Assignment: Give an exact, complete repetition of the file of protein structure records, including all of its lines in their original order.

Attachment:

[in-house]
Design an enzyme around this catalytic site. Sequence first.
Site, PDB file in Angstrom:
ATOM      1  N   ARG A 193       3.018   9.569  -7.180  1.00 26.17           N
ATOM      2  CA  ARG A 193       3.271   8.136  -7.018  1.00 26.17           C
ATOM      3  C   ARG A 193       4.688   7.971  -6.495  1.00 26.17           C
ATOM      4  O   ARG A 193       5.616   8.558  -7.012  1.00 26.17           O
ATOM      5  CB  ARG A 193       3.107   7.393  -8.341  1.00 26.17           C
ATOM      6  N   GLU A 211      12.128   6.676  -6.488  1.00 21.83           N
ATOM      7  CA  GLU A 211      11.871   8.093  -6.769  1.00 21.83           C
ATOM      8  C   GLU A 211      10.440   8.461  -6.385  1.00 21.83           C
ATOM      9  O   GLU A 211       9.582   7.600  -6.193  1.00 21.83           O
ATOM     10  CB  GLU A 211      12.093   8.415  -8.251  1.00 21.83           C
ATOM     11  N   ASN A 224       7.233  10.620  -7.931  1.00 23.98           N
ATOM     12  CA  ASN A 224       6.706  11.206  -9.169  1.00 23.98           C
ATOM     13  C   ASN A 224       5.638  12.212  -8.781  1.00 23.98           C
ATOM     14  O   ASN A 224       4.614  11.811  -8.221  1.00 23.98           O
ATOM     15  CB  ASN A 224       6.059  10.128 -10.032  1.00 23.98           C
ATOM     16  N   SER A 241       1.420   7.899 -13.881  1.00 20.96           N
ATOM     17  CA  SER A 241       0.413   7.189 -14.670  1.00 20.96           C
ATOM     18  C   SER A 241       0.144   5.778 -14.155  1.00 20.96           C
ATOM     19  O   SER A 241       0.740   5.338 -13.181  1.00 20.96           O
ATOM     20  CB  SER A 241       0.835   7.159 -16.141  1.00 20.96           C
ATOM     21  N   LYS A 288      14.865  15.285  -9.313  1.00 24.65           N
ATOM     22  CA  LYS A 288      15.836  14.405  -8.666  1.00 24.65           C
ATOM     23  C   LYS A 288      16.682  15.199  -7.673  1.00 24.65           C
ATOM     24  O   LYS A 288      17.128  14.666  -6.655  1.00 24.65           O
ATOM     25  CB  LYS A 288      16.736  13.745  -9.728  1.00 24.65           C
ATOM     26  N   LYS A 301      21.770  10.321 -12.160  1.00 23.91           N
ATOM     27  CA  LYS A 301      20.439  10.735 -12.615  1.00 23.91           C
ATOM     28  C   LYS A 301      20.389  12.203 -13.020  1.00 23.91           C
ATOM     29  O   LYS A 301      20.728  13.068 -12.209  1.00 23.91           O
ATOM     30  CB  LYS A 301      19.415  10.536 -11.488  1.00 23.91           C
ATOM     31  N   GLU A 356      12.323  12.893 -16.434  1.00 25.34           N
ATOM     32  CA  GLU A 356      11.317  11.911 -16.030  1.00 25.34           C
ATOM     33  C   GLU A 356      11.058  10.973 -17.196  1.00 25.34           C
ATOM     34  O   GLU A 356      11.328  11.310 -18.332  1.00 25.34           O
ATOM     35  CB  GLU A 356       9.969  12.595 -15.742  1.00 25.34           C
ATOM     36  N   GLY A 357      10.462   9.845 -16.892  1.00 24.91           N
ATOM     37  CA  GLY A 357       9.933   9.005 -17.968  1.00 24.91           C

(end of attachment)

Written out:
[in-house]
Design an enzyme around this catalytic site. Sequence first.
Site, PDB file in Angstrom:
ATOM      1  N   ARG A 193       3.018   9.569  -7.180  1.00 26.17           N
ATOM      2  CA  ARG A 193       3.271   8.136  -7.018  1.00 26.17           C
ATOM      3  C   ARG A 193       4.688   7.971  -6.495  1.00 26.17           C
ATOM      4  O   ARG A 193       5.616   8.558  -7.012  1.00 26.17           O
ATOM      5  CB  ARG A 193       3.107   7.393  -8.341  1.00 26.17           C
ATOM      6  N   GLU A 211      12.128   6.676  -6.488  1.00 21.83           N
ATOM      7  CA  GLU A 211      11.871   8.093  -6.769  1.00 21.83           C
ATOM      8  C   GLU A 211      10.440   8.461  -6.385  1.00 21.83           C
ATOM      9  O   GLU A 211       9.582   7.600  -6.193  1.00 21.83           O
ATOM     10  CB  GLU A 211      12.093   8.415  -8.251  1.00 21.83           C
ATOM     11  N   ASN A 224       7.233  10.620  -7.931  1.00 23.98           N
ATOM     12  CA  ASN A 224       6.706  11.206  -9.169  1.00 23.98           C
ATOM     13  C   ASN A 224       5.638  12.212  -8.781  1.00 23.98           C
ATOM     14  O   ASN A 224       4.614  11.811  -8.221  1.00 23.98           O
ATOM     15  CB  ASN A 224       6.059  10.128 -10.032  1.00 23.98           C
ATOM     16  N   SER A 241       1.420   7.899 -13.881  1.00 20.96           N
ATOM     17  CA  SER A 241       0.413   7.189 -14.670  1.00 20.96           C
ATOM     18  C   SER A 241       0.144   5.778 -14.155  1.00 20.96           C
ATOM     19  O   SER A 241       0.740   5.338 -13.181  1.00 20.96           O
ATOM     20  CB  SER A 241       0.835   7.159 -16.141  1.00 20.96           C
ATOM     21  N   LYS A 288      14.865  15.285  -9.313  1.00 24.65           N
ATOM     22  CA  LYS A 288      15.836  14.405  -8.666  1.00 24.65           C
ATOM     23  C   LYS A 288      16.682  15.199  -7.673  1.00 24.65           C
ATOM     24  O   LYS A 288      17.128  14.666  -6.655  1.00 24.65           O
ATOM     25  CB  LYS A 288      16.736  13.745  -9.728  1.00 24.65           C
ATOM     26  N   LYS A 301      21.770  10.321 -12.160  1.00 23.91           N
ATOM     27  CA  LYS A 301      20.439  10.735 -12.615  1.00 23.91           C
ATOM     28  C   LYS A 301      20.389  12.203 -13.020  1.00 23.91           C
ATOM     29  O   LYS A 301      20.728  13.068 -12.209  1.00 23.91           O
ATOM     30  CB  LYS A 301      19.415  10.536 -11.488  1.00 23.91           C
ATOM     31  N   GLU A 356      12.323  12.893 -16.434  1.00 25.34           N
ATOM     32  CA  GLU A 356      11.317  11.911 -16.030  1.00 25.34           C
ATOM     33  C   GLU A 356      11.058  10.973 -17.196  1.00 25.34           C
ATOM     34  O   GLU A 356      11.328  11.310 -18.332  1.00 25.34           O
ATOM     35  CB  GLU A 356       9.969  12.595 -15.742  1.00 25.34           C
ATOM     36  N   GLY A 357      10.462   9.845 -16.892  1.00 24.91           N
ATOM     37  CA  GLY A 357       9.933   9.005 -17.968  1.00 24.91           C